Speakers are invited to submit
abstracts for presentation at the symposium.

Of special interest are presentations
that link deep mathematical theories to problems in contemporary IT (which may not
be typically taught to IT professionals). Some
examples may include presentations on the wavelet theory of Yves Meyer, and the work of Dan Spielman,
which includes many groundbreaking contributions to theoretical computer
science, from convex analysis and polytopes, to error correcting codes, to
numerical analysis.

Yves Meyer's work in harmonic analysis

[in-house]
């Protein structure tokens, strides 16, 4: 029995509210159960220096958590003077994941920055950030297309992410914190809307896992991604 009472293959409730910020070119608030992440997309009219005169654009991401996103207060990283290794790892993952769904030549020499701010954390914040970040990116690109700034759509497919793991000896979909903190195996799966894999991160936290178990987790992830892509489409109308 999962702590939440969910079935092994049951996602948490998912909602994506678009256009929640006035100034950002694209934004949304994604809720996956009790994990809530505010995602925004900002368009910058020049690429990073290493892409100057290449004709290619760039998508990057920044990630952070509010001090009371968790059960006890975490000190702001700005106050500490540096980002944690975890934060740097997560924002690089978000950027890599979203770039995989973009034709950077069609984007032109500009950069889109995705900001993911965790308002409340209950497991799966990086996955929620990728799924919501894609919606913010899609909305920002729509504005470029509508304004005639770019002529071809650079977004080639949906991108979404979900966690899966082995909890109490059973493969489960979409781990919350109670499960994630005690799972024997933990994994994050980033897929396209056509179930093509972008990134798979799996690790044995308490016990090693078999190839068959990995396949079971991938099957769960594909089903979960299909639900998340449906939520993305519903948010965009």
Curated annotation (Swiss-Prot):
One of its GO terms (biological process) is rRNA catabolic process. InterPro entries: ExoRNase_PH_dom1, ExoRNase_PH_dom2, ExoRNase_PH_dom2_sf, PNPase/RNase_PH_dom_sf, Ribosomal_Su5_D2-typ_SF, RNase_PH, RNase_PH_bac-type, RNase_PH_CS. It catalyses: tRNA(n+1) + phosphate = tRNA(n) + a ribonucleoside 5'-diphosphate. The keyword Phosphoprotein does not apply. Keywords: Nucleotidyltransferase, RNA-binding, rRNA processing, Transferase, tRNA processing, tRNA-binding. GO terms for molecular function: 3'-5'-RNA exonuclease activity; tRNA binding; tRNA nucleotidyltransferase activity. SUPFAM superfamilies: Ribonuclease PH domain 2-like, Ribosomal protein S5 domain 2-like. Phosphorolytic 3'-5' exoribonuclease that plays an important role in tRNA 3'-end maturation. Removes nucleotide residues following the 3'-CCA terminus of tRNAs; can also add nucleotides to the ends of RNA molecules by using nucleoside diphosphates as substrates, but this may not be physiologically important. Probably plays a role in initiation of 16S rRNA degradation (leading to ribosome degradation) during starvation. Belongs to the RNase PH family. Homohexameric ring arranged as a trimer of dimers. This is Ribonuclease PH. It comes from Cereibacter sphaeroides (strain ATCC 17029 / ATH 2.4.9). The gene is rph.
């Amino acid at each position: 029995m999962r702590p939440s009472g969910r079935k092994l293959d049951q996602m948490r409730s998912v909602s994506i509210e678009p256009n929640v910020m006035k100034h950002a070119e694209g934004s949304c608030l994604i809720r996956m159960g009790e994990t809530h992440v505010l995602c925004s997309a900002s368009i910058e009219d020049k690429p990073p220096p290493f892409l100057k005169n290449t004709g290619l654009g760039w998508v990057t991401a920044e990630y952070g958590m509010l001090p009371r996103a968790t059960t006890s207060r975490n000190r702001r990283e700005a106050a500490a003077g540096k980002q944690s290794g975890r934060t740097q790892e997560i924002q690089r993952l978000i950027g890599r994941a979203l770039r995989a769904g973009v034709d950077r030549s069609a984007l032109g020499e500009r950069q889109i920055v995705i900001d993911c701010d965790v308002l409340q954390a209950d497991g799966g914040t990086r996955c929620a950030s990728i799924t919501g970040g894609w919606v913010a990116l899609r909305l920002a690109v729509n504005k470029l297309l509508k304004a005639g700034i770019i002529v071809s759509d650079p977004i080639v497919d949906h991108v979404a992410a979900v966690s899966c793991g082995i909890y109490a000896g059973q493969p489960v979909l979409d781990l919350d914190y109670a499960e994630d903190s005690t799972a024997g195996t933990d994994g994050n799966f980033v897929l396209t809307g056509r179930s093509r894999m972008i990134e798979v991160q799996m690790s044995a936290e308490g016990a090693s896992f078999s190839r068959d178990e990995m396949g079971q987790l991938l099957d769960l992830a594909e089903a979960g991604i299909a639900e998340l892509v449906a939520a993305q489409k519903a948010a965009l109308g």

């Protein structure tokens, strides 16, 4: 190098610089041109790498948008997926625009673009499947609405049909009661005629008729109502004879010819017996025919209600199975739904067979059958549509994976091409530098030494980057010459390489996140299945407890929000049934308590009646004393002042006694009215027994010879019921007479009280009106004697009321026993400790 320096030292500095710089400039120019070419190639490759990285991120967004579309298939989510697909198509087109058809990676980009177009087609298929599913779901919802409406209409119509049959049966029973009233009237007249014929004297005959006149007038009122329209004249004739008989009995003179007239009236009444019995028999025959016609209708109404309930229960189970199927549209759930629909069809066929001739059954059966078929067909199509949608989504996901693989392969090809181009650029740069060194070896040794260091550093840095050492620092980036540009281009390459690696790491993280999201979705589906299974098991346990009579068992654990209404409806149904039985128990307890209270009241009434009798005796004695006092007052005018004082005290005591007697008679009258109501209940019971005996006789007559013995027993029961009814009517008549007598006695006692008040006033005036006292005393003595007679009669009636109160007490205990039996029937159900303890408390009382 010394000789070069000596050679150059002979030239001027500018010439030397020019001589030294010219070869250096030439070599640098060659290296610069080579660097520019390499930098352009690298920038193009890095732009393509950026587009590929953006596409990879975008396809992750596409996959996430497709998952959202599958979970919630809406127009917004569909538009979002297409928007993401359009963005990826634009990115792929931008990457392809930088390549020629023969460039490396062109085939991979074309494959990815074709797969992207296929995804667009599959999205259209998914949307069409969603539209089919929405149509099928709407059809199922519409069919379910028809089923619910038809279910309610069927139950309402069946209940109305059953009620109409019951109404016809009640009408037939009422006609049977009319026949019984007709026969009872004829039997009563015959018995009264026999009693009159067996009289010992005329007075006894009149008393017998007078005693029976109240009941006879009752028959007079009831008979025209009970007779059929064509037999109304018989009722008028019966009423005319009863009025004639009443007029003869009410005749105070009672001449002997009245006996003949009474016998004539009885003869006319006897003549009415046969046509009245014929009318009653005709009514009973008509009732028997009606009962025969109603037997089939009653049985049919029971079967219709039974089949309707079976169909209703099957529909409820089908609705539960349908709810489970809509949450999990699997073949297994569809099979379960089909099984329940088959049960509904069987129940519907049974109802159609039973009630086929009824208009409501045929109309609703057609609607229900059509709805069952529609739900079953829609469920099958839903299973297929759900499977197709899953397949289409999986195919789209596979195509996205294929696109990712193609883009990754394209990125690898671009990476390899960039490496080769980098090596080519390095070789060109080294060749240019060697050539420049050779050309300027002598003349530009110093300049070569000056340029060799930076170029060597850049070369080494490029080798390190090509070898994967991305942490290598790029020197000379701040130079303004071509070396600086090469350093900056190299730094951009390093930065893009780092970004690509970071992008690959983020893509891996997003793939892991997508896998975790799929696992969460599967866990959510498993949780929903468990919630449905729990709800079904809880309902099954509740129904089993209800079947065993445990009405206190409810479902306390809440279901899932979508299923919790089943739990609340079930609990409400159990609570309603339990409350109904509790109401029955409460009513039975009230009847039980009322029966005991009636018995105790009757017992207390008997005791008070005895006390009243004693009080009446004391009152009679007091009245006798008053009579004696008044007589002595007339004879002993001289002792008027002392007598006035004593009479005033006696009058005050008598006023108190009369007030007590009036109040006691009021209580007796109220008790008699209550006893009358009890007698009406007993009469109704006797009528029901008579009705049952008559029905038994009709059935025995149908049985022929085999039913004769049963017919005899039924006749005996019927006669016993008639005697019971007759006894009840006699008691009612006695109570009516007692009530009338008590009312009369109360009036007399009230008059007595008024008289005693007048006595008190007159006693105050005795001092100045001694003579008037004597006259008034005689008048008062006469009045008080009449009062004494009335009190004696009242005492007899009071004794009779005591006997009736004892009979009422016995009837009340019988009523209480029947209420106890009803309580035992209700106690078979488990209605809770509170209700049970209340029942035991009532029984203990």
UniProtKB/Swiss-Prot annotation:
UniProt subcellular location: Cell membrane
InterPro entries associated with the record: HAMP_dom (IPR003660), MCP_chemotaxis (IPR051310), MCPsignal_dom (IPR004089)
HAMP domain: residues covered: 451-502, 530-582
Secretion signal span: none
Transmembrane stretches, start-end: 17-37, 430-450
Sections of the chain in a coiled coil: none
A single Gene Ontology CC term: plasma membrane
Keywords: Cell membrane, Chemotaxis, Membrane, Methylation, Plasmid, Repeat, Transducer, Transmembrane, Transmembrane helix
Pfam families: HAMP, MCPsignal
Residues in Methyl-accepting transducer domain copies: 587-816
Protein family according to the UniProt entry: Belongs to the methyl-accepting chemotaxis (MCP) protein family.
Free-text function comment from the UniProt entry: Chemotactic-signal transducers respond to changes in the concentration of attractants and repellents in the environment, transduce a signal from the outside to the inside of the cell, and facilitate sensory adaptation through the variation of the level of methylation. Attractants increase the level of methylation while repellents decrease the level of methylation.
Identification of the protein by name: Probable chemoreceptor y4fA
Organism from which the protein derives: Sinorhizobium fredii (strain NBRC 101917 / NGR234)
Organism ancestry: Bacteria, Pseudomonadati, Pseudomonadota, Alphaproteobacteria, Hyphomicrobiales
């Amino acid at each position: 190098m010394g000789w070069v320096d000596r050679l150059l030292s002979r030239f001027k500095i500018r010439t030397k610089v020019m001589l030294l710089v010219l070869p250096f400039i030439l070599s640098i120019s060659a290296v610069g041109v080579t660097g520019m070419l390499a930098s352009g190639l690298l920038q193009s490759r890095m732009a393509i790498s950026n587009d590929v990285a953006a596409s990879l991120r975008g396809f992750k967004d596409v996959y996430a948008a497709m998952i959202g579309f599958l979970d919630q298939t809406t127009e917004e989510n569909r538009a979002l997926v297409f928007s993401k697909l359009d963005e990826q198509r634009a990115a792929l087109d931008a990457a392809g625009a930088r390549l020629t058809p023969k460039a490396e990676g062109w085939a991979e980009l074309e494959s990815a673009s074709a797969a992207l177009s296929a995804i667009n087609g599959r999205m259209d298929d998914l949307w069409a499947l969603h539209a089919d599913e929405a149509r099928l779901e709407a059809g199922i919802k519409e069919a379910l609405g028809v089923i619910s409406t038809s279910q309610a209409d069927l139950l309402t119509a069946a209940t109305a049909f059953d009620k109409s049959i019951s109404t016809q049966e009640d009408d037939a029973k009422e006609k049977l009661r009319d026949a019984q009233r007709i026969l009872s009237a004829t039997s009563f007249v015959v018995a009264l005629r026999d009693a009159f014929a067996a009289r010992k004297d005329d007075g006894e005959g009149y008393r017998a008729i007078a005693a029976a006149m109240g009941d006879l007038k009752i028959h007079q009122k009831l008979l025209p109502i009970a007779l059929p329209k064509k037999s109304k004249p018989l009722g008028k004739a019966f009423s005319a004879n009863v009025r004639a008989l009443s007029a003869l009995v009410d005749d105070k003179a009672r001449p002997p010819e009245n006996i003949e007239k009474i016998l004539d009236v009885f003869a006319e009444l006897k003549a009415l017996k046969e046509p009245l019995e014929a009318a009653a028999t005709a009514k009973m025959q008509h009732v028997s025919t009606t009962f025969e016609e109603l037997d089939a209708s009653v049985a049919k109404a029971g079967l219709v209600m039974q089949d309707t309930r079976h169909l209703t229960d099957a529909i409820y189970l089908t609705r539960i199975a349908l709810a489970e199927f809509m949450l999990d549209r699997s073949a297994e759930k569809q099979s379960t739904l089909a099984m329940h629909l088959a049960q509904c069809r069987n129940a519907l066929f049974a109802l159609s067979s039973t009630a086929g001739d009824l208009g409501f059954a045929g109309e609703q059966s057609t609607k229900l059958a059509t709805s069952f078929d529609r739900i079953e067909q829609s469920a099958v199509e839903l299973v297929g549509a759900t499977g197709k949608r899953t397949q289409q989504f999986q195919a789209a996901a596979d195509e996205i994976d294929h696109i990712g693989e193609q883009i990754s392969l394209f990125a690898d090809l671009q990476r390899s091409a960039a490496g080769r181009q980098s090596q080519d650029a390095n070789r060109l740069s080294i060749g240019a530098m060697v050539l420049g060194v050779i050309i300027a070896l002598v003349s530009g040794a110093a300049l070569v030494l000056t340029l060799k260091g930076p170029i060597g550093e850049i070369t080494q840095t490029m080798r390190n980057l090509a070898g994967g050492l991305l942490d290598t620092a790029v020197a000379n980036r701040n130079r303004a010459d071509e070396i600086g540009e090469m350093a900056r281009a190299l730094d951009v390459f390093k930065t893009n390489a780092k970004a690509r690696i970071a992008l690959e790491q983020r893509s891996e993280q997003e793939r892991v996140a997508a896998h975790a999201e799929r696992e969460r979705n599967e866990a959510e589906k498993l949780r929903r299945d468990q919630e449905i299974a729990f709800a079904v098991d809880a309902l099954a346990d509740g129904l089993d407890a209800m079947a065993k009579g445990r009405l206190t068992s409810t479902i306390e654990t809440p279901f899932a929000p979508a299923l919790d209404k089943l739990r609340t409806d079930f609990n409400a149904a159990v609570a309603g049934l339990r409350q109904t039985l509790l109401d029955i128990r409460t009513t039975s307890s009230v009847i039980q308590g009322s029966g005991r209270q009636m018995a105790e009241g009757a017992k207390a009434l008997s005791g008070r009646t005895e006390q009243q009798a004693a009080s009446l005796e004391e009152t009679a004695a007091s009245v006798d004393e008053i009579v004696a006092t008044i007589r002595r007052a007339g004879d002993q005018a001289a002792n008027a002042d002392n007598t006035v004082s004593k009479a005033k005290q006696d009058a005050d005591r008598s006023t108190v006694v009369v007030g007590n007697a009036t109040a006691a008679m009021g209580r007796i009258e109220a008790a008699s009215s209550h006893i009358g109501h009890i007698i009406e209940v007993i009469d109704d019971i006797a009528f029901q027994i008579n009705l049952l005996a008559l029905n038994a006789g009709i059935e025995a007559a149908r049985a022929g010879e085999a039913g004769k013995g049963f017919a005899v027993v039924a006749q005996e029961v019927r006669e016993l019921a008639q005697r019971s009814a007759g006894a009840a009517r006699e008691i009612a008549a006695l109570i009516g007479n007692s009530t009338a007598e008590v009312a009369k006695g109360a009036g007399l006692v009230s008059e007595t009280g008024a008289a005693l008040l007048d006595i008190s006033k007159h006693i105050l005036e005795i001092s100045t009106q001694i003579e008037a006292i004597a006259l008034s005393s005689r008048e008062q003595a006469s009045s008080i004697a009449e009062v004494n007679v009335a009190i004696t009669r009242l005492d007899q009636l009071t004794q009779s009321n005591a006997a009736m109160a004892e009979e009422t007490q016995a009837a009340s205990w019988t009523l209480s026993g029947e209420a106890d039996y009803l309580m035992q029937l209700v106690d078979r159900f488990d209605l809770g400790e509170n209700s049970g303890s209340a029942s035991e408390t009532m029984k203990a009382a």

led him to work on wavelets. He contributed greatly to the singular integral
operator theory which resulted in enormous progress in wavelet theory and
its applications. He was awarded the Gauss Prize for his contributions in
2010.^{*}

The characteristic of Dan Spielman's
work is the beautiful interface between theory and practice, be it in
mathematical programming, error-correcting codes, the search for Ramanujan-
quality sparsifers, the analysis of algorithms, computational complexity
theory, or numerical analysis. He won the Nevanlinna Prize for his
contributions in 2010.^{*}

Other examples are the work of Peter W.
Shor in quantum computation, computational geometry, and the work of Timothy
Gowers connecting functional analysis with combinatorics, and Jon
Klienberg's work on networks and information.